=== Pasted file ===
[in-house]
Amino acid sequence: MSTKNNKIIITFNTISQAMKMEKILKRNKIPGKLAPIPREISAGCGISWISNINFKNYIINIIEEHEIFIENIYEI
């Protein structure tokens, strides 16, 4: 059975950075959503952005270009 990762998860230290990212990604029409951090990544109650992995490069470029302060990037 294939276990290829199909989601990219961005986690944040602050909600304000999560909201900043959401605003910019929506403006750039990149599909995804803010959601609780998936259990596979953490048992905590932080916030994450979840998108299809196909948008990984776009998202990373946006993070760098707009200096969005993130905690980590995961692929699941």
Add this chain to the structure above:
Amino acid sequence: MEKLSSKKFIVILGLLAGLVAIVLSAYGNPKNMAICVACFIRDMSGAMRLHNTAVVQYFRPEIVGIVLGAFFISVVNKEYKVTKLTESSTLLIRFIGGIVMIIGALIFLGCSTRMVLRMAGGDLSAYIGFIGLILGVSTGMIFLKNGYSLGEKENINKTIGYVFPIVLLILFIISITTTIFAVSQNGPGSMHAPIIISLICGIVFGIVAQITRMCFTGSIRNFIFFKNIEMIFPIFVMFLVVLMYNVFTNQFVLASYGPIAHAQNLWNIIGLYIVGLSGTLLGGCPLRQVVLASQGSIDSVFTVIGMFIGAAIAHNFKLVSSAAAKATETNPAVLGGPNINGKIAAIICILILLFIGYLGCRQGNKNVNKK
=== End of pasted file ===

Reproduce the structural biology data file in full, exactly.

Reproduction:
[in-house]
Amino acid sequence: MSTKNNKIIITFNTISQAMKMEKILKRNKIPGKLAPIPREISAGCGISWISNINFKNYIINIIEEHEIFIENIYEI
């Protein structure tokens, strides 16, 4: 059975950075959503952005270009 990762998860230290990212990604029409951090990544109650992995490069470029302060990037 294939276990290829199909989601990219961005986690944040602050909600304000999560909201900043959401605003910019929506403006750039990149599909995804803010959601609780998936259990596979953490048992905590932080916030994450979840998108299809196909948008990984776009998202990373946006993070760098707009200096969005993130905690980590995961692929699941």
Add this chain to the structure above:
Amino acid sequence: MEKLSSKKFIVILGLLAGLVAIVLSAYGNPKNMAICVACFIRDMSGAMRLHNTAVVQYFRPEIVGIVLGAFFISVVNKEYKVTKLTESSTLLIRFIGGIVMIIGALIFLGCSTRMVLRMAGGDLSAYIGFIGLILGVSTGMIFLKNGYSLGEKENINKTIGYVFPIVLLILFIISITTTIFAVSQNGPGSMHAPIIISLICGIVFGIVAQITRMCFTGSIRNFIFFKNIEMIFPIFVMFLVVLMYNVFTNQFVLASYGPIAHAQNLWNIIGLYIVGLSGTLLGGCPLRQVVLASQGSIDSVFTVIGMFIGAAIAHNFKLVSSAAAKATETNPAVLGGPNINGKIAAIICILILLFIGYLGCRQGNKNVNKK